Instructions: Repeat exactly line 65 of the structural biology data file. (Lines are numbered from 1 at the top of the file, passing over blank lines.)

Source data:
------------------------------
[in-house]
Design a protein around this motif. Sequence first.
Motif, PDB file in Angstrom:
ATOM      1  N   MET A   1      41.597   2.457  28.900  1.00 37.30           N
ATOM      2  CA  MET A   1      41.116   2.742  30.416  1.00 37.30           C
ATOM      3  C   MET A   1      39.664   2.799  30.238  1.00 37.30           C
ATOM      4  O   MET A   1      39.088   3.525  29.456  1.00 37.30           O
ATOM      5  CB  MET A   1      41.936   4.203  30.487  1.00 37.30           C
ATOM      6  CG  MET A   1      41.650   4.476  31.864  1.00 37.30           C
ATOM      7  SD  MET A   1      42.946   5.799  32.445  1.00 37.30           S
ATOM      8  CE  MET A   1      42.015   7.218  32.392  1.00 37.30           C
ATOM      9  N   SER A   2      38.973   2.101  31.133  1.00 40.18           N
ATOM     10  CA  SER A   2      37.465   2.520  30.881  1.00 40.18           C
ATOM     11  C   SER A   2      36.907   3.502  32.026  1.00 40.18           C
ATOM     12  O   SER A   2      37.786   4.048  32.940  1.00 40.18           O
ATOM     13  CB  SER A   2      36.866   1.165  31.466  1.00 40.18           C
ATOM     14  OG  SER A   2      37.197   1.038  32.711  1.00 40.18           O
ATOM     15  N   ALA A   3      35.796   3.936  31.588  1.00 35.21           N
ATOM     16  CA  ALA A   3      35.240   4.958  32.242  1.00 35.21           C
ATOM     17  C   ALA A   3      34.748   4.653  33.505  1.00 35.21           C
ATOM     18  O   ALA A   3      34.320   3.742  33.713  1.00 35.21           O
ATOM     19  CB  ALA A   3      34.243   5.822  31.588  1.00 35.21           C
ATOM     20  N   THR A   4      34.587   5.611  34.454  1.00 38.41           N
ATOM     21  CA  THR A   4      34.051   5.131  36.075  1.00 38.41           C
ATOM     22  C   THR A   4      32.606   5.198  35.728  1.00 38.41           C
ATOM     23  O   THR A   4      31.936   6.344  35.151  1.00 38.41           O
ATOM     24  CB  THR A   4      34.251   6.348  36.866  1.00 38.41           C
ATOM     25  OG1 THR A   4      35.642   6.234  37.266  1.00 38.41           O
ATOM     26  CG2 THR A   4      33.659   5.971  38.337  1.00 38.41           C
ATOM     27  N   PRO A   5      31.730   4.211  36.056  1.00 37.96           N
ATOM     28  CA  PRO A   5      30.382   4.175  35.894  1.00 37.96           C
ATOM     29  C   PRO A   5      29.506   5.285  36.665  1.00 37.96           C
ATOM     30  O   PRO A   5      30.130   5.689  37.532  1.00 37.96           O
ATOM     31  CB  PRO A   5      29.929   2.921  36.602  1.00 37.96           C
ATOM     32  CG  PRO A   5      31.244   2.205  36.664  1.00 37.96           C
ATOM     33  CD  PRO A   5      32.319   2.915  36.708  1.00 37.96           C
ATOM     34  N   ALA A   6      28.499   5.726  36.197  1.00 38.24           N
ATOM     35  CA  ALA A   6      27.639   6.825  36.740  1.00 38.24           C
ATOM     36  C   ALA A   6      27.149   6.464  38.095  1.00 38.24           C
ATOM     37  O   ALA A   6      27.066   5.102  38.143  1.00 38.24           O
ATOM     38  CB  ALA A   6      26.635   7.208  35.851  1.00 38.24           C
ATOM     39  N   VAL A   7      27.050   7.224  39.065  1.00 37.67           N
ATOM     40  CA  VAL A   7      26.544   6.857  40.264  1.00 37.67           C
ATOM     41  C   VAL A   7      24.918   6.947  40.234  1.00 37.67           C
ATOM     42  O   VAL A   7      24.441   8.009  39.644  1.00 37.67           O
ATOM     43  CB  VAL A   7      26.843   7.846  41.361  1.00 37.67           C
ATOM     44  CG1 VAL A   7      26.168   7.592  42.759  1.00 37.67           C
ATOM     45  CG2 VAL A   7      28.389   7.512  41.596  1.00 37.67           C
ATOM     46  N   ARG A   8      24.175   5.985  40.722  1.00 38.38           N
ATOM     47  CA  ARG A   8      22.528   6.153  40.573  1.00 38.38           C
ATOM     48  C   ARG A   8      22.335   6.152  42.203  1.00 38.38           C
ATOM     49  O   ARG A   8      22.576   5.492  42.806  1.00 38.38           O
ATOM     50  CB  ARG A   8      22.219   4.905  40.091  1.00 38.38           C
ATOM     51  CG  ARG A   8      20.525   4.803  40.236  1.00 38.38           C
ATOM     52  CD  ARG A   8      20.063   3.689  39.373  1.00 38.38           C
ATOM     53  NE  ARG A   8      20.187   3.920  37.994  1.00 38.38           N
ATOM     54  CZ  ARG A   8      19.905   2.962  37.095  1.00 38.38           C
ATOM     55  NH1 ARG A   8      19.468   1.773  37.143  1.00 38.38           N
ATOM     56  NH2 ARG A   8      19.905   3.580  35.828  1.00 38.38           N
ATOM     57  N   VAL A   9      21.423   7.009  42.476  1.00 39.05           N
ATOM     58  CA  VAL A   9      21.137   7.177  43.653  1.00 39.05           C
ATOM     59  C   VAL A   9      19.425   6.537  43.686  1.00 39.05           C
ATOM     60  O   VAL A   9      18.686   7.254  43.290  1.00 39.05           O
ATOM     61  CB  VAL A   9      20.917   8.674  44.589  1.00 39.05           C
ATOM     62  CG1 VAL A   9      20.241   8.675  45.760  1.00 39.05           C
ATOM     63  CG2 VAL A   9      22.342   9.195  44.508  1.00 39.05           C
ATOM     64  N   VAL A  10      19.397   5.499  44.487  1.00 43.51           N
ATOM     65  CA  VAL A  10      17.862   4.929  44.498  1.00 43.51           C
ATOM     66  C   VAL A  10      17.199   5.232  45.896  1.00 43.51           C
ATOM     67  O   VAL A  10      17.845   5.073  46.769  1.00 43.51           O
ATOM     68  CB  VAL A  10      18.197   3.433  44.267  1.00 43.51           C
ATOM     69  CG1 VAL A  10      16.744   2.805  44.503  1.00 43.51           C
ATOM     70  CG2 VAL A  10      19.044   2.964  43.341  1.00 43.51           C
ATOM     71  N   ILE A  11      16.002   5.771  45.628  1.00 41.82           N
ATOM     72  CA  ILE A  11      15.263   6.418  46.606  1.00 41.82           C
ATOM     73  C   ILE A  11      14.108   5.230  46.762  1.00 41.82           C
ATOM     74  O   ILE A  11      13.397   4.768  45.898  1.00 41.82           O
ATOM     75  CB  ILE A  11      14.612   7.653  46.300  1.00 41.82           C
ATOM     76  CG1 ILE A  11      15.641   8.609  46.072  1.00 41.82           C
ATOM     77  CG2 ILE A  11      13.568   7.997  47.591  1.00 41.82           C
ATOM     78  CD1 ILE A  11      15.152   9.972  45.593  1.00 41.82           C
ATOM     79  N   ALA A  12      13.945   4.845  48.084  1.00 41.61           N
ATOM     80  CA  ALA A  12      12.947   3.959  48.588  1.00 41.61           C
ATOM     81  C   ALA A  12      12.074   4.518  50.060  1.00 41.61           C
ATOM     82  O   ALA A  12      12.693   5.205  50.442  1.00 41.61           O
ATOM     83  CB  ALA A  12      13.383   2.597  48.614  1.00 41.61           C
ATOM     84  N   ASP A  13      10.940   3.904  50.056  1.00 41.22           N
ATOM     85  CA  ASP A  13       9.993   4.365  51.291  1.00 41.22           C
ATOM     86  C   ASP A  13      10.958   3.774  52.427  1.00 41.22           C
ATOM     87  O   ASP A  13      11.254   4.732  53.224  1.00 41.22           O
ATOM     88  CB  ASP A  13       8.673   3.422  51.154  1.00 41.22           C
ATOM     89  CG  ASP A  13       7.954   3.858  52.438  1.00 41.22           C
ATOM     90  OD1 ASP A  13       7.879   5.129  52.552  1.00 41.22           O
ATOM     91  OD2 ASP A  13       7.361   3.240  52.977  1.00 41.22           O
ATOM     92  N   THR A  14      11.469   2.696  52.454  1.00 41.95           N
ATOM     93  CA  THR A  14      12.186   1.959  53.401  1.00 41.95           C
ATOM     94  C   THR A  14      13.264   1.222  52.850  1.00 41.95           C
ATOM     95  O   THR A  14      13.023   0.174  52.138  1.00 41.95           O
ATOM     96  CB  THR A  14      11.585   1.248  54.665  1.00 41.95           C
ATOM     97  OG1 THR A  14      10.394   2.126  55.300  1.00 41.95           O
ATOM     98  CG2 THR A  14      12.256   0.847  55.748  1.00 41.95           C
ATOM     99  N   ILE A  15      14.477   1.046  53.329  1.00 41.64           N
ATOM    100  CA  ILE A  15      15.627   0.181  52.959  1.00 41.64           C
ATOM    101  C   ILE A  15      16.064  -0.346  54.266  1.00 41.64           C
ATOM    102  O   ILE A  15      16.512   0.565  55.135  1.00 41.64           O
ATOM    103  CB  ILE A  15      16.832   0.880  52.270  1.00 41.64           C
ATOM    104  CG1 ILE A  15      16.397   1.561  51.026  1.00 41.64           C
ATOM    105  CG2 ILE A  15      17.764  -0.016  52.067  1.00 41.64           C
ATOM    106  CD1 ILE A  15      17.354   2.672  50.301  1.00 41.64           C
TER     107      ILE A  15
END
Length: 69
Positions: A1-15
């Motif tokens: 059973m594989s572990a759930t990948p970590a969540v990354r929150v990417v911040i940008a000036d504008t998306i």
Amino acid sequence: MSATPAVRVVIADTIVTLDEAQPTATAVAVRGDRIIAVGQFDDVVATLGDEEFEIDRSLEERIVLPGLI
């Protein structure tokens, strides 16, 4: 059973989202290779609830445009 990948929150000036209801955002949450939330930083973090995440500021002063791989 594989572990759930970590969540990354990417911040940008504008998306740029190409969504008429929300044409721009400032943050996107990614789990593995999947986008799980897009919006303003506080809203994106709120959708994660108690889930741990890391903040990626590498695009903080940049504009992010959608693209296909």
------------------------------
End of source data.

ATOM     62  CG1 VAL A   9      20.241   8.675  45.760  1.00 39.05           C